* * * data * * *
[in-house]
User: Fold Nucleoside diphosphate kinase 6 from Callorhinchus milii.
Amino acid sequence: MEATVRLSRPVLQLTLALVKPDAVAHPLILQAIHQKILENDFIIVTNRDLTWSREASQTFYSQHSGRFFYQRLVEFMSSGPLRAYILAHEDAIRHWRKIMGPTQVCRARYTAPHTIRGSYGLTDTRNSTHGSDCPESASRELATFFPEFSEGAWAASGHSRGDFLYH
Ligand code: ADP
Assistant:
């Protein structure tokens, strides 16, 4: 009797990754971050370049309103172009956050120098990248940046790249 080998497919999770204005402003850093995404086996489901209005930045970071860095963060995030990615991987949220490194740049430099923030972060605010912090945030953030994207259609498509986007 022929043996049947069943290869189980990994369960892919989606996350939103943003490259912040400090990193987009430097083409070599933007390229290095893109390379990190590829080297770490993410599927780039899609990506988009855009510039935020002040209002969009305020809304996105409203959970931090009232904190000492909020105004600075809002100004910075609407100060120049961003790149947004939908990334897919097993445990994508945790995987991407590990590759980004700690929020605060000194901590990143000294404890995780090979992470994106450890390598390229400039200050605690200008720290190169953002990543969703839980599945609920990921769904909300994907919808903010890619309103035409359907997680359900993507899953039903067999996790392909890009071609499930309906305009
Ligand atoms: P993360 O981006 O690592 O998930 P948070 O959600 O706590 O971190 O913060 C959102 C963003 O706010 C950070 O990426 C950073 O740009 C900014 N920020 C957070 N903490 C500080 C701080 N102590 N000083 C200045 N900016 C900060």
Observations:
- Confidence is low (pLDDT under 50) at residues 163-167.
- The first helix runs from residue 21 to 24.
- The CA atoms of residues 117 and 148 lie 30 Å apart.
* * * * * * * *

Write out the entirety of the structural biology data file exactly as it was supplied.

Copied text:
[in-house]
User: Fold Nucleoside diphosphate kinase 6 from Callorhinchus milii.
Amino acid sequence: MEATVRLSRPVLQLTLALVKPDAVAHPLILQAIHQKILENDFIIVTNRDLTWSREASQTFYSQHSGRFFYQRLVEFMSSGPLRAYILAHEDAIRHWRKIMGPTQVCRARYTAPHTIRGSYGLTDTRNSTHGSDCPESASRELATFFPEFSEGAWAASGHSRGDFLYH
Ligand code: ADP
Assistant:
């Protein structure tokens, strides 16, 4: 009797990754971050370049309103172009956050120098990248940046790249 080998497919999770204005402003850093995404086996489901209005930045970071860095963060995030990615991987949220490194740049430099923030972060605010912090945030953030994207259609498509986007 022929043996049947069943290869189980990994369960892919989606996350939103943003490259912040400090990193987009430097083409070599933007390229290095893109390379990190590829080297770490993410599927780039899609990506988009855009510039935020002040209002969009305020809304996105409203959970931090009232904190000492909020105004600075809002100004910075609407100060120049961003790149947004939908990334897919097993445990994508945790995987991407590990590759980004700690929020605060000194901590990143000294404890995780090979992470994106450890390598390229400039200050605690200008720290190169953002990543969703839980599945609920990921769904909300994907919808903010890619309103035409359907997680359900993507899953039903067999996790392909890009071609499930309906305009
Ligand atoms: P993360 O981006 O690592 O998930 P948070 O959600 O706590 O971190 O913060 C959102 C963003 O706010 C950070 O990426 C950073 O740009 C900014 N920020 C957070 N903490 C500080 C701080 N102590 N000083 C200045 N900016 C900060």
Observations:
- Confidence is low (pLDDT under 50) at residues 163-167.
- The first helix runs from residue 21 to 24.
- The CA atoms of residues 117 and 148 lie 30 Å apart.